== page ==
Last night the administration made the case for the tax increase for more than an hour, followed by four public speakers, all of whom opposed it.

DPSS Enzo Cantalamessa spoke at length after distributing a five page document outlining the administration’s position. (Enzo_memo ) There are a lot of words in the document but nothing we have not heard before and we still have seen no numeric argument for the tax increase. Budgets are done on spreadsheets for a good reason, and it would be nice to see a mathematical argument made for their case.

Chief of Police Merkel spoke again, and gave some specific examples of what cuts in service the public should expect if the tax fails. He expects to close the “street crimes unit” which works on drug cases, since most of the cuts will be to younger cops, older cops will move to street duty and few crimes will receive follow up investigation — probably only those involving aggravated violence. Burgler alarm responses will be reduced.

Fire Chief Nussle said failure to pass will mean there will likely be only two operational truck crews at the one operating fire house on Main. Fire inspections have already been eliminated. The average fireman is already 46+ years old, and the age will rise.

[See yesterday’s post for copies of the two Chief’s prepared reports.]

City Engineer Paul Makosky, who has been very successful bringing state and federal grant money to Warren for fixing roads — more than $35 million — told the audience it costs $150,000 to pave a mile of city streets, and we have 185 miles to pave. Mayor Franklin called fixing streets, “a public safety issue.

Councilman John Brown (D-3) continues to be the main critic of the tax increase and the threat that the police and firemen bear the brunt of the pain. He called “page two, point #1” of Enzo’s memo untrue, asking how only police and fire can be made to suffer when the city employs 400 people.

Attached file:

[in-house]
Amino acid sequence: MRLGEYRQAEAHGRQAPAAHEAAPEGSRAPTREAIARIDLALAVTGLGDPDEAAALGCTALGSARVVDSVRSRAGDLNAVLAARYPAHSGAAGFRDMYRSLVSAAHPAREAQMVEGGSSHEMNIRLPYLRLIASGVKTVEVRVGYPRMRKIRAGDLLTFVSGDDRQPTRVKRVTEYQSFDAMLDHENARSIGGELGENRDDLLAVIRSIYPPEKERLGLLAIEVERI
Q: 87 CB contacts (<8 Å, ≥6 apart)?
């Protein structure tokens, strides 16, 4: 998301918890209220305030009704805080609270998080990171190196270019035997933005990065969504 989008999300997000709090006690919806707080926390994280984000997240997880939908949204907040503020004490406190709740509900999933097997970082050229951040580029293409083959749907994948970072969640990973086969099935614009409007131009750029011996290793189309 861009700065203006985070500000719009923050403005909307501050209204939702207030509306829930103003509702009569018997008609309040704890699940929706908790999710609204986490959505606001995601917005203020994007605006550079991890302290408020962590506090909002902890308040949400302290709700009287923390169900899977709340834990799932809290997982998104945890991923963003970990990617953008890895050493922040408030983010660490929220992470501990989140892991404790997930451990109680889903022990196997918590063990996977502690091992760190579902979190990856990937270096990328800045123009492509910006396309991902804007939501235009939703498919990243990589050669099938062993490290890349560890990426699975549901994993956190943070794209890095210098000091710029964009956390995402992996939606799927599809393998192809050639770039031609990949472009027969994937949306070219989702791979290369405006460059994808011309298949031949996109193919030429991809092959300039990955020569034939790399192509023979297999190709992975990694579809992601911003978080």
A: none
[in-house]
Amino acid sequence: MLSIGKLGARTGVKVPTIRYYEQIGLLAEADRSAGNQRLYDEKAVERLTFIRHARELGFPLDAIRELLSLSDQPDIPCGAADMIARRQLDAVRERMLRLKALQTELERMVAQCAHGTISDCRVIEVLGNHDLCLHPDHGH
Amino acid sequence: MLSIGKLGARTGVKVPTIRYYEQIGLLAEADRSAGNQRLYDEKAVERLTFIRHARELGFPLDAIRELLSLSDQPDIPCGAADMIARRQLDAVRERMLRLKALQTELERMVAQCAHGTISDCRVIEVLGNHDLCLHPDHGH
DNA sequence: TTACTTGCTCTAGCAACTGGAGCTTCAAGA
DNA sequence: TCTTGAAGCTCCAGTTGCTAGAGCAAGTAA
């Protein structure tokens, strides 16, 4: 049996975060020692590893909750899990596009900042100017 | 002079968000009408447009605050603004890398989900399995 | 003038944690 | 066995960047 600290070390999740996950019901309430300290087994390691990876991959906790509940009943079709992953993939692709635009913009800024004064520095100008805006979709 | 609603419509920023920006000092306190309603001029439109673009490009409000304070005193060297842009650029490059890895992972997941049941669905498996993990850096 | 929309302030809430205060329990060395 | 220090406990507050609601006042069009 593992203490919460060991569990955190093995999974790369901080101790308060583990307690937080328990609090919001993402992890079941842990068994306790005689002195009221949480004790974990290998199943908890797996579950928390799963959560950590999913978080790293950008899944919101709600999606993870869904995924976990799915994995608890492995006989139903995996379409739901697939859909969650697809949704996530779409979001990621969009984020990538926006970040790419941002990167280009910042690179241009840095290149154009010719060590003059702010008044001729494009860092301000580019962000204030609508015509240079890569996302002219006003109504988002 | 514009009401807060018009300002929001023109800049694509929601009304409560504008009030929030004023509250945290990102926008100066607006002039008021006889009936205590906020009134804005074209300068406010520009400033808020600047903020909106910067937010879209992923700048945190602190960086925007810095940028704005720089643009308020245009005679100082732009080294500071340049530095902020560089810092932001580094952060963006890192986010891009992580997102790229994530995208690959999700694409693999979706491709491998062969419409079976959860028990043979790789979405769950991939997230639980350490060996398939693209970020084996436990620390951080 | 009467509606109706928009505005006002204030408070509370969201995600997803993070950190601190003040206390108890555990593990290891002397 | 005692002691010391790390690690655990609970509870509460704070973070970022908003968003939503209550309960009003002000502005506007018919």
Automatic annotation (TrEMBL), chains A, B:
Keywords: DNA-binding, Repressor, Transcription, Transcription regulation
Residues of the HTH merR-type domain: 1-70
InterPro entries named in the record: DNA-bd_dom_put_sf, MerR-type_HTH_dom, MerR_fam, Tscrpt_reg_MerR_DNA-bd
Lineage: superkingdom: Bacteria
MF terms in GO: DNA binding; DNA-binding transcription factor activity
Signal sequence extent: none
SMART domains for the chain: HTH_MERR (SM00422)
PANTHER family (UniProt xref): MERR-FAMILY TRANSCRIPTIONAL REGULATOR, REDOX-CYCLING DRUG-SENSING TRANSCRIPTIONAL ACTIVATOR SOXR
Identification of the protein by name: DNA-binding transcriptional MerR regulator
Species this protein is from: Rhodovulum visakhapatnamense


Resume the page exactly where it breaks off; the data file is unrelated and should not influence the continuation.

Doug Franklin said that more than fire and police will be laid off, and challenged Brown to show them how to cut $1.3 million without laying off police and firemen. Al Novak (D-2) supported Brown’s argument, and called for a reduction in the number of management personnel at the city by creating a Department of Public Works to oversee a broader range of city works.

The public speakers were unanimous in their opposition and had similar themes. Several, including Liz Ballant of the SE side, asked why the Mayor and other officials aren’t offering to take pay cuts as part of this emergency situation. Former City Councilman Ron White of the SW side said he would not support a permanent increase until he has seen how the administration deals with upcoming union negotiations. White said, “once you have money, everybody wants the money.” White “might support” a temporary increase.

Greg Greathouse of the north end asked why it is always police and fire on the chopping block, and echoed Mr. White’s question of why the Mayor waited so long to act on a financial situation that was years in the making. Debbie Magos of the NE side hammered home this same point, noting that the Mayor’s spending down of more than a $1 million surplus, and procrastination in taking action, had painted us into a corner; she added that a tax increase will further discourage businesses from starting or expanding in Warren, and will speed the city’s downward spiral.

Councilwoman Cheryl Saffold (D-6) is hosting a town hall-style meeting this Sunday, August 7 at 6:00 PM at Restoration Church, 760 Main Avenue, the former Rebecca Williams Community Center.